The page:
[4] In Seattle v. Gardner, supra, this precise issue was before the court and rejected. In Gardner we placed the burden on the defendant to make a showing that his counsel was unauthorized to waive a jury trial. The Gardner presumption that counsel is deemed authorized to waive a jury trial absent a showing to the contrary may be questioned in light of subsequent United States Supreme Court *645 pronouncements. In examining a claimed waiver by a criminal defendant of a right constitutionally guaranteed to protect a fair trial, it would seem that every reasonable presumption should be indulged against the waiver of such a right, absent an adequate record to the contrary. As early as 1882, such a principle was stated to be applicable in a civil case. Hodges v. Easton, 106 U.S. 408, 412, 27 L. Ed. 169, 1 S. Ct. 307 (1882). Further, the burden to establish a valid waiver is upon the prosecution. Boykin v. Alabama, 395 U.S. 238, 242, 23 L. Ed. 2d 274, 89 S. Ct. 1709 (1969). For a general discussion, see Schneckloth v. Bustamonte, 412 U.S. 218, 235-46, 36 L. Ed. 2d 854, 93 S. Ct. 2041 (1973).

Consequently, although we may deem it implicit that Wicke validly waived his right to a trial by jury, the record we have before us does not demonstrate this fact to the extent of the constitutional standard seemingly demanded by the United States Supreme Court and assuredly demanded in other jurisdictions. See, e.g., Rice v. People, 193 Colo. 270, 565 P.2d 940 (1977); Krueger v. State, 84 Wis.2d 272, 267 N.W.2d 602 (1978).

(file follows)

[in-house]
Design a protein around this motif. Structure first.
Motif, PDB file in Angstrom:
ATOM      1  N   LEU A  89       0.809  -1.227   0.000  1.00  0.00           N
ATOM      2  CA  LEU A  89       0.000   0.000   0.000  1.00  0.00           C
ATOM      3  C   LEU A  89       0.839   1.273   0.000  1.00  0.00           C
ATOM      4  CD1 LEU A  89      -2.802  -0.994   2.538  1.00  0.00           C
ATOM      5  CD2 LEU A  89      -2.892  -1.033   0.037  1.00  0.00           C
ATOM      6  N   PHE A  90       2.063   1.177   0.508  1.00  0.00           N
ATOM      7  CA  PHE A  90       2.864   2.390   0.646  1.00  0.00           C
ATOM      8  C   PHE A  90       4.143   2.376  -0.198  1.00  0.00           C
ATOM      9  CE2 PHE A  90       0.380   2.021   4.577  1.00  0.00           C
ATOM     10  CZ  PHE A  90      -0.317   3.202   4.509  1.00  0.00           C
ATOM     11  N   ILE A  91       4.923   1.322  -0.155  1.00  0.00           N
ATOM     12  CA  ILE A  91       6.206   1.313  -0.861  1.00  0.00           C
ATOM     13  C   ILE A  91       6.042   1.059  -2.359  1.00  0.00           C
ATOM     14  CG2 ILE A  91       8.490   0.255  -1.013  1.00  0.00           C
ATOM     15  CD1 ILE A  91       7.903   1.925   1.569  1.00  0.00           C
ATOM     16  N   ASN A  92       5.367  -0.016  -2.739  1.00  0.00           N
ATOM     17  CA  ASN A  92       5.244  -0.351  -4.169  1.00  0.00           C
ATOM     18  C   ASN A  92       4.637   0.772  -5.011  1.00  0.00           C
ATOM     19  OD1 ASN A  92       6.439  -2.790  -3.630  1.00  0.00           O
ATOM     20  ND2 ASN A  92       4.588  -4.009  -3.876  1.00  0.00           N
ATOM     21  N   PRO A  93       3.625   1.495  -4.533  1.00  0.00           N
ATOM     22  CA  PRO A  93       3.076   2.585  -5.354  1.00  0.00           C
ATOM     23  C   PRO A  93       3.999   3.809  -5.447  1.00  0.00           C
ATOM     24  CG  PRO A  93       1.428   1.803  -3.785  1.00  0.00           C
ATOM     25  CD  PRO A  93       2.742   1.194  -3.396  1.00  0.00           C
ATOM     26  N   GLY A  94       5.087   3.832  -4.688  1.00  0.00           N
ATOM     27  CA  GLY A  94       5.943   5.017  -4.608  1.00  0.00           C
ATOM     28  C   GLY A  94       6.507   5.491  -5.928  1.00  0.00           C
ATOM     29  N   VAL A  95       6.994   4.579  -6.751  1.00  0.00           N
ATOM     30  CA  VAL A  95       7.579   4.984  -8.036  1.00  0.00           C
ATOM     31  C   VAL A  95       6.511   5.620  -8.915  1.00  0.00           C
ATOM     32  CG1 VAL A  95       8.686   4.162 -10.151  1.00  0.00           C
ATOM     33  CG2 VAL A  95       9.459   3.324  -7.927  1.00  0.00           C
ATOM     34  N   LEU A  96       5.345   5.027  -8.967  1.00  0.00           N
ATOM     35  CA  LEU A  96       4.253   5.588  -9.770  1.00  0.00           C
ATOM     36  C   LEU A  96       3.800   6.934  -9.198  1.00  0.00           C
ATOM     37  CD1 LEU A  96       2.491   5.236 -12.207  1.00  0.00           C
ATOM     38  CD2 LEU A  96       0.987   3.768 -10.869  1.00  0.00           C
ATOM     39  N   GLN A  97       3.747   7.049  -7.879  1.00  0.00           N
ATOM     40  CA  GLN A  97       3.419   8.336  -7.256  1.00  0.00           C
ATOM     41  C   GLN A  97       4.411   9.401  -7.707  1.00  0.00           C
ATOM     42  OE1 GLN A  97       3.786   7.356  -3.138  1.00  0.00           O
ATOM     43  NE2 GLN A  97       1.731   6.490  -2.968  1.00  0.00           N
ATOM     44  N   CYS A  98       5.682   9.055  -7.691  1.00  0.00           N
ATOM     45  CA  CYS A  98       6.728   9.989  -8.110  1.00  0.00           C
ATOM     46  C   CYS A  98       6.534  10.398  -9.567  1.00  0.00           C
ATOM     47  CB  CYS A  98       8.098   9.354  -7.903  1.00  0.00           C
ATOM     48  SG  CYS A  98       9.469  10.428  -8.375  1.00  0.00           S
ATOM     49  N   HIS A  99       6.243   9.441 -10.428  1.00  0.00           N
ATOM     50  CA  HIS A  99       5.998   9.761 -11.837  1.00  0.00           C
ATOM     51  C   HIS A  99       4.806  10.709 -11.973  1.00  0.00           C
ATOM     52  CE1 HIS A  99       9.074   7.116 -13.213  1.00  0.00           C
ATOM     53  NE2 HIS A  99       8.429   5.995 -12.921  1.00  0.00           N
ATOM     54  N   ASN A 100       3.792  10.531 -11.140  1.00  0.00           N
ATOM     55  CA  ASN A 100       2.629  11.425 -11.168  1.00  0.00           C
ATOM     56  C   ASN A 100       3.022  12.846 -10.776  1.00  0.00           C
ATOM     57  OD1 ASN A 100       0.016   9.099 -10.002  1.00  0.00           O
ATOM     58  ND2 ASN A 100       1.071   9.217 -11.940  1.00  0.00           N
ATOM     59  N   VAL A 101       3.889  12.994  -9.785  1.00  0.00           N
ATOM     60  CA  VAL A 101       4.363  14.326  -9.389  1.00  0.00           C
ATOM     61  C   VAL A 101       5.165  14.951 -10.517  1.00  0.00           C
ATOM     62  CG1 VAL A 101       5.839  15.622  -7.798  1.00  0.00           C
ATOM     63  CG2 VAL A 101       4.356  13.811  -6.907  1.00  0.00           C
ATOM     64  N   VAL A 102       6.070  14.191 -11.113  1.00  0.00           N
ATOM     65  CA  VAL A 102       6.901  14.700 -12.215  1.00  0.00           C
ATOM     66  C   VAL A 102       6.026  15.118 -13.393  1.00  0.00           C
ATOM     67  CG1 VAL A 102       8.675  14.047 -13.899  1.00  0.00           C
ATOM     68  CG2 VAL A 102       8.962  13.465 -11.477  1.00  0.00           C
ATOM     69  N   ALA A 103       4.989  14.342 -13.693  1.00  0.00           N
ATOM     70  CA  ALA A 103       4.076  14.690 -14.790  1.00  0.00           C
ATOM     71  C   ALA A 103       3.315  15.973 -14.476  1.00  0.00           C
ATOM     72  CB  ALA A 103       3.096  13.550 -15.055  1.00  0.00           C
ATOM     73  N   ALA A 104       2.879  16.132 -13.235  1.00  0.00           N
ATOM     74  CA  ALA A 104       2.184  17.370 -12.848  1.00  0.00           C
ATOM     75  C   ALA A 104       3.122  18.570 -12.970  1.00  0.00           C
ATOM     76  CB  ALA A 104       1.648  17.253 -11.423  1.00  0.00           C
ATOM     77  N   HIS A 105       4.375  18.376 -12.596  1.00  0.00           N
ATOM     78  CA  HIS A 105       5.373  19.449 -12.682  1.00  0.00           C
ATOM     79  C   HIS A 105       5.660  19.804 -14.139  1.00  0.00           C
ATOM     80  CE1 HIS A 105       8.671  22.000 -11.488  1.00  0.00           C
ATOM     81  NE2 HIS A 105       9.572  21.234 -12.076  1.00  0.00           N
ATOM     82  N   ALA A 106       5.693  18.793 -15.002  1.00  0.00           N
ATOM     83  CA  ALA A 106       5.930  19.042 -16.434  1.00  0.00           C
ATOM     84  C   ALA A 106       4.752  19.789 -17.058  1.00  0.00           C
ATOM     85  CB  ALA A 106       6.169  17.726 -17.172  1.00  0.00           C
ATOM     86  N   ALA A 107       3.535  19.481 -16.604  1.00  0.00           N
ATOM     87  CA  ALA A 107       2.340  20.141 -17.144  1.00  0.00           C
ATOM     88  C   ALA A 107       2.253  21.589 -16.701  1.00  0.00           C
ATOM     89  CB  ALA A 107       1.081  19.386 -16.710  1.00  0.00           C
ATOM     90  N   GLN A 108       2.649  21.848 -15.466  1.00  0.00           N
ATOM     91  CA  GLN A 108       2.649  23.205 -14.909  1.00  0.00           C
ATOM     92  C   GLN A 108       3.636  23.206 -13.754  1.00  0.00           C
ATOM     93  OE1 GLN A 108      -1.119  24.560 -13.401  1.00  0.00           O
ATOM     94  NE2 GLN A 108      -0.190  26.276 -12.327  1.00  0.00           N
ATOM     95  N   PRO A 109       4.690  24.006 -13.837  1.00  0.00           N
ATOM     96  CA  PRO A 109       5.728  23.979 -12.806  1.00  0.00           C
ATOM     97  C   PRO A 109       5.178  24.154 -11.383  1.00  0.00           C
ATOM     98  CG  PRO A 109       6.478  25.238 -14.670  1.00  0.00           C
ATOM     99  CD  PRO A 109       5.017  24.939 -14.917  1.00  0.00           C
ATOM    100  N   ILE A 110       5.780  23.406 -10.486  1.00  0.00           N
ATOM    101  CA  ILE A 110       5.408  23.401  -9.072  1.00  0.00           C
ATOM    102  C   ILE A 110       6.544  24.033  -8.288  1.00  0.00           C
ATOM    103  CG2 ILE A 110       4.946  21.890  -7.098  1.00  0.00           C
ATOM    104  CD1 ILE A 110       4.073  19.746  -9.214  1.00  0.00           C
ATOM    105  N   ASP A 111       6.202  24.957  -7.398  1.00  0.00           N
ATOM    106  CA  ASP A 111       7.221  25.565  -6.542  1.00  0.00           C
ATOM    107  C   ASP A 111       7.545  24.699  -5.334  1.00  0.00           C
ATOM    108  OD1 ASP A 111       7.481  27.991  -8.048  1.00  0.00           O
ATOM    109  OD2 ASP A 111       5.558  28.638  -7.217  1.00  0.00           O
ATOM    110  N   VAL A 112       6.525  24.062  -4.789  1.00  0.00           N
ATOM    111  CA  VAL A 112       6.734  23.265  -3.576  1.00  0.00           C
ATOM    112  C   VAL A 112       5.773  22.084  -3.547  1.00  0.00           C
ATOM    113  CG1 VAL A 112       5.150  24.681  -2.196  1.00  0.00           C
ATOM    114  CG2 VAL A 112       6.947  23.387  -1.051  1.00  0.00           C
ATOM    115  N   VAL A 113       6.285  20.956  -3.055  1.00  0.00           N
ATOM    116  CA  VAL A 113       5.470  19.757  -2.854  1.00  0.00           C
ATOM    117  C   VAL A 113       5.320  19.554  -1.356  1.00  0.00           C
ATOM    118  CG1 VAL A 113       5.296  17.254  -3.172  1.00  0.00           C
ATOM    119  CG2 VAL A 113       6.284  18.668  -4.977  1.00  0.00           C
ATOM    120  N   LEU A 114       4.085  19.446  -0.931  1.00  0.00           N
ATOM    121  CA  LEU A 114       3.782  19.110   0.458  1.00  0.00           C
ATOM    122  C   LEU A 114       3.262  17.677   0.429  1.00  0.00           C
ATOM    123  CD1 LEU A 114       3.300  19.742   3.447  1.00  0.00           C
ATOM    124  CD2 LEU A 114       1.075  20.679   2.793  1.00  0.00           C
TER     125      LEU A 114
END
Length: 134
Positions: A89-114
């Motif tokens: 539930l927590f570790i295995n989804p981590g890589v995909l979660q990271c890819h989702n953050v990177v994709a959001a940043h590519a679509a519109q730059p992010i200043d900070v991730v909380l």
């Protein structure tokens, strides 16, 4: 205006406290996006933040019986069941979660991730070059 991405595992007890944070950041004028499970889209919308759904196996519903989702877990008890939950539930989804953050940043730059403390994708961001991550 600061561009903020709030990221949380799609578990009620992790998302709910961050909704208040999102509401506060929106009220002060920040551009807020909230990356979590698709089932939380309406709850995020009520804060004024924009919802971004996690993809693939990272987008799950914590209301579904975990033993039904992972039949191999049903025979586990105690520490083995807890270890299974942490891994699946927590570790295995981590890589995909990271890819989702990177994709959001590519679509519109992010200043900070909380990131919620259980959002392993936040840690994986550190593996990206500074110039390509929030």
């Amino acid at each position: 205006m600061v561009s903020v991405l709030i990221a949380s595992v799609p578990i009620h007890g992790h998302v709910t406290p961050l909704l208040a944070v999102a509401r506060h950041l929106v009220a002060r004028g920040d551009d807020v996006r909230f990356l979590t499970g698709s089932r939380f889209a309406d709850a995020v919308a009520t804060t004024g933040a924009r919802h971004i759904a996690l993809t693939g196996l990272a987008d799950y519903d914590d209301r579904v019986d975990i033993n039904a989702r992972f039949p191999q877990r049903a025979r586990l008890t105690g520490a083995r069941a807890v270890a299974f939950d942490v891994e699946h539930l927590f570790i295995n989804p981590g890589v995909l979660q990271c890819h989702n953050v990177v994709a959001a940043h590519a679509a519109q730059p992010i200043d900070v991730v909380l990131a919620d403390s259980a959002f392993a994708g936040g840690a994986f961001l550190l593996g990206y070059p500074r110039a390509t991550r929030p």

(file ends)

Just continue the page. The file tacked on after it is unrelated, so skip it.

Because this is an uncomplicated DWI case, rather than remanding for a reference hearing to determine if a sufficient standard of proof might be forthcoming to establish a valid jury waiver, the practical disposition is to concur with the Court of Appeals and remand for a new trial.

[5] Finally, we address the validity of the waiver in In re Reese, supra. Because the requirement that jury waivers be evidenced in writing is not of constitutional magnitude, we question whether the error asserted by Reese is sufficient to establish the unlawful nature of his restraint for purposes of a personal restraint petition. See RAP 16.4. Certainly, the claimed error is well within the rule that an issue not reaching constitutional dimension may not be employed to collaterally attack a conviction when it could have been raised on appeal, but was not. In re Myers, 91 Wn.2d 120, 587 P.2d 532 (1978).

*646 [6] In any event, we agree with the Court of Appeals that the extensive colloquy between Reese and the trial judge constituted substantial compliance with CrR 6.1(a). We hold that such a record satisfies CrR 6.1(a). We further agree with the Court of Appeals that Reese "intelligently, knowingly and expressly waived his right to trial by jury", and the constitutional requirement for waiver of a jury trial was fully met. State v. Forza, 70 Wn.2d 69, 422 P.2d 475 (1966).

As with all procedural rules adopted by this court, we expect compliance with CrR 6.1(a). In light of In re Reese, supra, it would seem to be good practice to get the defendant's statement on the record in open court that it is his desire to waive a jury trial, even when CrR 6.1(a) has been followed. On those occasions when the rule is inadvertently overlooked, however, it is counsel's obligation to bring the matter to the attention of the trial court if that particular error is to be preserved for use on appeal.

State v. Wicke, 19 Wn. App. 206, 574 P.2d 407 (1978), is affirmed for the reasons stated herein.

In re Reese, 20 Wn. App. 441, 580 P.2d 272 (1978), is affirmed.


ROSELLINI, J., concurs in the result.